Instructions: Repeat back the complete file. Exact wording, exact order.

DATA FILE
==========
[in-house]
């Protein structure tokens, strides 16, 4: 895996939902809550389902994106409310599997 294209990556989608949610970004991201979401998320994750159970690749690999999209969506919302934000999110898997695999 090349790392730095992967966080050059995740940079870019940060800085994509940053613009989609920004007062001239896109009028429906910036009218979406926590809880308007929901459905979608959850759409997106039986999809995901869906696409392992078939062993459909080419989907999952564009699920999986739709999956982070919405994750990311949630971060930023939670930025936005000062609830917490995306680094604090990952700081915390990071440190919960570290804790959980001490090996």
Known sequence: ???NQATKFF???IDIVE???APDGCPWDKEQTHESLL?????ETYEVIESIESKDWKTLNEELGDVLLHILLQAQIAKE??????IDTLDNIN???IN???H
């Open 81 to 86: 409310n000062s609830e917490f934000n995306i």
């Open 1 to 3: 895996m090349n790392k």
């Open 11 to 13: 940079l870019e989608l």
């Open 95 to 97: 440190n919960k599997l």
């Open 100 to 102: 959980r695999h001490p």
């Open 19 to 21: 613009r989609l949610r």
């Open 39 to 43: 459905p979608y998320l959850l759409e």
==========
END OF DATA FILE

[in-house]
């Protein structure tokens, strides 16, 4: 895996939902809550389902994106409310599997 294209990556989608949610970004991201979401998320994750159970690749690999999209969506919302934000999110898997695999 090349790392730095992967966080050059995740940079870019940060800085994509940053613009989609920004007062001239896109009028429906910036009218979406926590809880308007929901459905979608959850759409997106039986999809995901869906696409392992078939062993459909080419989907999952564009699920999986739709999956982070919405994750990311949630971060930023939670930025936005000062609830917490995306680094604090990952700081915390990071440190919960570290804790959980001490090996």
Known sequence: ???NQATKFF???IDIVE???APDGCPWDKEQTHESLL?????ETYEVIESIESKDWKTLNEELGDVLLHILLQAQIAKE??????IDTLDNIN???IN???H
């Open 81 to 86: 409310n000062s609830e917490f934000n995306i």
């Open 1 to 3: 895996m090349n790392k």
């Open 11 to 13: 940079l870019e989608l």
């Open 95 to 97: 440190n919960k599997l």
């Open 100 to 102: 959980r695999h001490p």
């Open 19 to 21: 613009r989609l949610r």
């Open 39 to 43: 459905p979608y998320l959850l759409e």